Each of my children has had food allergies as babies, and so I’ve had to learn how to feed our family differently. Little Man has a soy allergy, which means that I have to avoid soy as well since we breastfeed. Have you looked at your packaged food ingredients? Soy is in basically every processed food. Soy lecithin, soybean oil, soy protein…. Breads basically all contain soy. And so, with some encouragement from the Hubby, I dusted off the bread machine and started making our own bread.
It took some trial and error. I don’t like the shape or consistency of bread machine bread. I also kept trying wheat bread and didn’t like the final product. I started with a white bread recipe and tweaked it slightly for best taste. I cheat just a little. I let the bread machine mix and knead the dough, let it rise, and then take it out to bake in the oven. I get the best of both worlds! Deliciously tasty bread, and the ease (and less mess) of the bread machine.
Total time: 2hr 45min; Active time: 15 mins; Inactive time: 2hr 30min
2 cups all purpose flour
2 cups bread flour
1 tsp salt
1 1/4 tsp yeast
2 tbsp olive oil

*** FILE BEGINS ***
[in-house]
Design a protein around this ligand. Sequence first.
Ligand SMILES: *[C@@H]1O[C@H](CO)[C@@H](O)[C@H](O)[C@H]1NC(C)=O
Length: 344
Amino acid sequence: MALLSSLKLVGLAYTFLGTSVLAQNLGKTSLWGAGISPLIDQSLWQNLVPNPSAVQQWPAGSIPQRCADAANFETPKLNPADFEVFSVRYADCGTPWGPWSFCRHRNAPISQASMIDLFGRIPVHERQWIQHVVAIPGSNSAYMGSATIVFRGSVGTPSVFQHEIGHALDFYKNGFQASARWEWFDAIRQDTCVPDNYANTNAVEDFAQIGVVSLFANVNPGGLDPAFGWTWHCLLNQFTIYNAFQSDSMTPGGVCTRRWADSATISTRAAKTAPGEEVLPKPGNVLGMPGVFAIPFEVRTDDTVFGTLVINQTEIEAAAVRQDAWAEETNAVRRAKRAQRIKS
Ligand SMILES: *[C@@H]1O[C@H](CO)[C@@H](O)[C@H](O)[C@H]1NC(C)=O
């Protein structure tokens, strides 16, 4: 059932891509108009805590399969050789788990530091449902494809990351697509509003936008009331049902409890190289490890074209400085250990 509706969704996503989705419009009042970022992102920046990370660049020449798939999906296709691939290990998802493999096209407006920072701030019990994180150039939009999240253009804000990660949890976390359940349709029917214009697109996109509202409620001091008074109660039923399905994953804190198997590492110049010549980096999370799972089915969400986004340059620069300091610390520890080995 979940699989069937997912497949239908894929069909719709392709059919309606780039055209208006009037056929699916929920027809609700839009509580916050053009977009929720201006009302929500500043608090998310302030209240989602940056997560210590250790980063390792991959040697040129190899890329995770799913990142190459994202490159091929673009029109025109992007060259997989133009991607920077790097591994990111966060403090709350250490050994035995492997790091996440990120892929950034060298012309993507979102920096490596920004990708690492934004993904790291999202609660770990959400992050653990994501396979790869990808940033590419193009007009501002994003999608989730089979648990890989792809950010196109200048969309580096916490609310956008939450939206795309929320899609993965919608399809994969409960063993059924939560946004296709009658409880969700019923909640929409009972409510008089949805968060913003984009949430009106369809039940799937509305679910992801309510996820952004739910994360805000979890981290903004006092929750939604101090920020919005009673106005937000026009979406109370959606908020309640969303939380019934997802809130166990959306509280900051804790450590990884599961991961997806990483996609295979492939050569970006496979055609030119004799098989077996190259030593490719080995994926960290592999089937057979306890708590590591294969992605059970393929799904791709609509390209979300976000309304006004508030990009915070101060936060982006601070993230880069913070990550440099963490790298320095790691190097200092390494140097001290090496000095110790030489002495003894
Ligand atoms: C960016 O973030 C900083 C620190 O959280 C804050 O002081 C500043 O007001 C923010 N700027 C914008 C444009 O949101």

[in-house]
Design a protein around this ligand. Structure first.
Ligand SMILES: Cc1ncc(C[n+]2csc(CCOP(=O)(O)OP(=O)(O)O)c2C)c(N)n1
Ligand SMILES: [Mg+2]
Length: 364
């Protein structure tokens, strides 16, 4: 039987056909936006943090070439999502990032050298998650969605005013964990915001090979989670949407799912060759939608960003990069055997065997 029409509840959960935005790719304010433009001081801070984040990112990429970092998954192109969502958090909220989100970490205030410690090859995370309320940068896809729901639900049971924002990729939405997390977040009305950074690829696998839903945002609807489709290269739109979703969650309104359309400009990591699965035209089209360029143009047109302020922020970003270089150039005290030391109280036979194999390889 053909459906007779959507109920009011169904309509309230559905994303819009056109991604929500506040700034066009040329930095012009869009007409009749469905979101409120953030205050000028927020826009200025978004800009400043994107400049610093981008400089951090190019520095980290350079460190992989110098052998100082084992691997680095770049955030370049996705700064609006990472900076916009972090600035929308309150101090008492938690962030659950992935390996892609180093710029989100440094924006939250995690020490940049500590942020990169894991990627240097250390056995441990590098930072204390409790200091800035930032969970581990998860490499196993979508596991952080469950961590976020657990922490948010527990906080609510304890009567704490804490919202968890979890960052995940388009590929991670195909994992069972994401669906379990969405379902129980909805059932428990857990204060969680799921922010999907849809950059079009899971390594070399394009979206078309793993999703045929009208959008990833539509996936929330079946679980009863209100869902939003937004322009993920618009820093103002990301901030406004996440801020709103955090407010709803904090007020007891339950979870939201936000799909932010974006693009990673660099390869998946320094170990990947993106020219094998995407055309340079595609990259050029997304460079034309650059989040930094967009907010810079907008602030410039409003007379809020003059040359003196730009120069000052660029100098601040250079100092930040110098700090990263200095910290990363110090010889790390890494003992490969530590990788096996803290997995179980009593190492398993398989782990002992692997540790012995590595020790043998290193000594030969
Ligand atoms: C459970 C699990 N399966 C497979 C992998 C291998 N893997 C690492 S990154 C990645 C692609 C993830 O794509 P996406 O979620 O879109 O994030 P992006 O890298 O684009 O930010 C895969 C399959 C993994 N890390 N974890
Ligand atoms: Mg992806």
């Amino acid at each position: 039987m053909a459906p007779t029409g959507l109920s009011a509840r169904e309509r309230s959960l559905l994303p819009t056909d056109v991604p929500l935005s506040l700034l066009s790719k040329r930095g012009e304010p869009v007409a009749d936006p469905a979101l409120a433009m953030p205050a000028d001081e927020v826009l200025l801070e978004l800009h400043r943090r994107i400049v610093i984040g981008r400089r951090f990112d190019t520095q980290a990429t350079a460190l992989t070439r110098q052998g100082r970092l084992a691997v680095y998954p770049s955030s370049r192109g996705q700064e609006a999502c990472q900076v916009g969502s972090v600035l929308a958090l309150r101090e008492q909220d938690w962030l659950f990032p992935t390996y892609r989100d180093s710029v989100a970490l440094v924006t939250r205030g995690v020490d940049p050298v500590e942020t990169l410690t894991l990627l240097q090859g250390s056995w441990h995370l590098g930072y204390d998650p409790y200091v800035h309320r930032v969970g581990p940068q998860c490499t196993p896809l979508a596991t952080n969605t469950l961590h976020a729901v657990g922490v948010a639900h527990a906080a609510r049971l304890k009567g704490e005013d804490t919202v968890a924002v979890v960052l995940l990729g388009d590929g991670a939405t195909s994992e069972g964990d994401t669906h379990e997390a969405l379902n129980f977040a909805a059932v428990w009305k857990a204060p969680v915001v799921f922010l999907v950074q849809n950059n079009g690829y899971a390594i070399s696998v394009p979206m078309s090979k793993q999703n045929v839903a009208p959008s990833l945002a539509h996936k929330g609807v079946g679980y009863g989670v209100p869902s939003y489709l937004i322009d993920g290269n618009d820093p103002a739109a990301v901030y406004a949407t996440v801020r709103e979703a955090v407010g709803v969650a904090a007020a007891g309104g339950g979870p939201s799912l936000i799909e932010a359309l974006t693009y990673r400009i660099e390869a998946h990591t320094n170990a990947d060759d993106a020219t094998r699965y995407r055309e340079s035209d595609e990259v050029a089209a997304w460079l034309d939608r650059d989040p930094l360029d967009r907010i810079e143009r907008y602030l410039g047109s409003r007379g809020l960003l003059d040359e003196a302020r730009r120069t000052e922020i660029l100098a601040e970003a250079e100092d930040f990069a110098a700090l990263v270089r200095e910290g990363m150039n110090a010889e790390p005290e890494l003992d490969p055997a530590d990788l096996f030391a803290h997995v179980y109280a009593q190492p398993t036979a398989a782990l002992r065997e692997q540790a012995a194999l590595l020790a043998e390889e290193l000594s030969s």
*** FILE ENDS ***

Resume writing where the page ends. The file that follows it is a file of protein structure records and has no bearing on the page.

2 tbsp honey
1 1/4 cup milk
1/4 cup water
Check your bread machine manual to see if wet or dry ingredients should be added first. Mine states to add dry ingredients first. Set the bread machine to the dough cycle and let it run. The whole cycle is 1hr 30min for my machine. Lightly oil two 4 x 8 bread pans. Split the dough in half and shape it to the bread pans. Let it rise 30 mins. Bake at 350° for 30 mins.
I have never eaten so much bread as since I started making my own! There is nothing better than warm bread, melted butter, and honey drizzled on top. Mmm! This is one thing I will likely continue doing even after Little Man grows out of his allergy. It’s so easy, I just plan for it every few days.
Note: I have used sugar instead of honey, but it doesn’t store quite as long – about 2 days versus 4.
Edit 02/09/2019: I have been skipping the second rise in the oven, or removing the dough from the bread machine 30 minutes early before an oven rise, and it turns out just as well. Bread texture can change so much just with the weather, a little change in rise time doesn’t make a big difference. That’s what makes it artisan!